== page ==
DR. SHAPIRO: You know I think itís important that we have this discussion before we start honing in on exactly where its location ought to be.

DR. CAPRON: If you think that the impediment to extending federal jurisdiction over privately-sponsored research are substantial, and independent of the question of the objections of particularly departments to having to be accountable to either another department or a new federal agency, you might still say if the evidence is eventually there, that you have a well-operating federal system that has avoided problems and the research, that kind of research is better than it once was because of this agency, and some indication that privately-sponsored research continues to have problems, at that point what would it be like to extend? And you could design in, you might adopt a method not because you intend to recommend today or believe that today you have enough evidence to say we have a crying national need to regulate privately-sponsored or state-sponsored research. But to say weíre not going to make two changes inside of a decade; youíre not going to move it to the Office of the Secretary of X, and five or ten years later set up a separate agency barring the most incredible crisis of the world, you might say weíre going to design it in a way that would allow the addition of another function at a future date when the evidence is strong enough to justify that.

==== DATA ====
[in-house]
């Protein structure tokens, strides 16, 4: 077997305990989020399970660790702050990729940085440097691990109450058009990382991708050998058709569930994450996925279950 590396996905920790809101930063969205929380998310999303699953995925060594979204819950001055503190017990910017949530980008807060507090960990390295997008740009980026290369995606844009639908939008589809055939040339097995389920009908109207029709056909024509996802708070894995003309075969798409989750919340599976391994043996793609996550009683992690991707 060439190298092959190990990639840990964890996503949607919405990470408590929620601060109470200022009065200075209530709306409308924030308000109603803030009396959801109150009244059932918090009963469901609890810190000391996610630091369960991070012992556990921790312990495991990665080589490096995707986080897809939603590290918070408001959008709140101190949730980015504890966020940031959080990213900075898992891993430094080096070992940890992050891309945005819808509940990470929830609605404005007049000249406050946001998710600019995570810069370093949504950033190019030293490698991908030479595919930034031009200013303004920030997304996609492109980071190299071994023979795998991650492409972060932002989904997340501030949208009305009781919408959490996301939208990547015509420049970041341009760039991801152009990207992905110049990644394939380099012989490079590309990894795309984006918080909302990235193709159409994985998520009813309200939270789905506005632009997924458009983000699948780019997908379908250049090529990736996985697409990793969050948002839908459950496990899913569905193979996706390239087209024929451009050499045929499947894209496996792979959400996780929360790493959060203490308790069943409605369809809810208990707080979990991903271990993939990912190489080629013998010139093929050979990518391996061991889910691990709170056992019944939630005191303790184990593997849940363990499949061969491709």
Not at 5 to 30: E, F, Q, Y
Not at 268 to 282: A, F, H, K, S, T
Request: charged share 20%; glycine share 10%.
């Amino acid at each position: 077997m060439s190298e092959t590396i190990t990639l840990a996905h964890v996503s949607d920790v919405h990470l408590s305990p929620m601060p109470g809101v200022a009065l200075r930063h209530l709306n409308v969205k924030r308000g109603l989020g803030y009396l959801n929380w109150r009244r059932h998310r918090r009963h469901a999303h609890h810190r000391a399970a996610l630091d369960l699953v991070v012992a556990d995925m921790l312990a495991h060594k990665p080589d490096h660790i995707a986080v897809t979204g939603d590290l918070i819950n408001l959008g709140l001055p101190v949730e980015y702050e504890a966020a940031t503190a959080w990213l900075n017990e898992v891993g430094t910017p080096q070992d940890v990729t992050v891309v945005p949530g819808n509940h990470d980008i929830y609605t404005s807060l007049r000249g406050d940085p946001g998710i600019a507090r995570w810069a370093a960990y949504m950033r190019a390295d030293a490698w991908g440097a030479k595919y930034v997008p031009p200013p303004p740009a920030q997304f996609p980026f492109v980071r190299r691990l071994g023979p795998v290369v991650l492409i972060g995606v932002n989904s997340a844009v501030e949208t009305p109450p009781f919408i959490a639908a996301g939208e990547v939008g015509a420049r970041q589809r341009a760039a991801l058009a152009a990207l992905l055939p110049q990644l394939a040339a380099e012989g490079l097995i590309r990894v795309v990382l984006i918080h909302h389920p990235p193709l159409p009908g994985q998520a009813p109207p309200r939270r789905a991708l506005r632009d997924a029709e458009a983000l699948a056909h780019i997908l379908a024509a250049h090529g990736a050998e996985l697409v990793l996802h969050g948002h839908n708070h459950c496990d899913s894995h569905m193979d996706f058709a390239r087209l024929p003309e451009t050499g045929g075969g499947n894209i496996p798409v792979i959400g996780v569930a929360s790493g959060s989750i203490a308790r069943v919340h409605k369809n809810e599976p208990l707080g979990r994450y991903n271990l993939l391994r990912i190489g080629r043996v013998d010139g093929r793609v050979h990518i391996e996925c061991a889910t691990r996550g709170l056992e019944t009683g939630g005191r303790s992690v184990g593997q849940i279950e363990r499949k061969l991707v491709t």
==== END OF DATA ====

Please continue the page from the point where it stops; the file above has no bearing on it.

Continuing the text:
DR. SHAPIRO: Thatís my own advice is to learn how we might approach it in a useful way. I think it makes the subject less complicated and Iíd like to solve an easier problem first. Itís as simple as that. And if thatís very easy to solve, we can then ask ourselves the question whether at this time we are prepared to go for more. Do we feel we know enough and have enough good ideas?

MS. CHARO: No. I would like not to see us back away from that but there is the question of how one gets there. You can suggest that it ought to be recognized that everybody should be protected, but leave to state common law, state legislation, individual institutions the way in which to do it, or you can also...or you could say weíre now in a position to start recommending federal legislation that will reach these people. They are separate questions.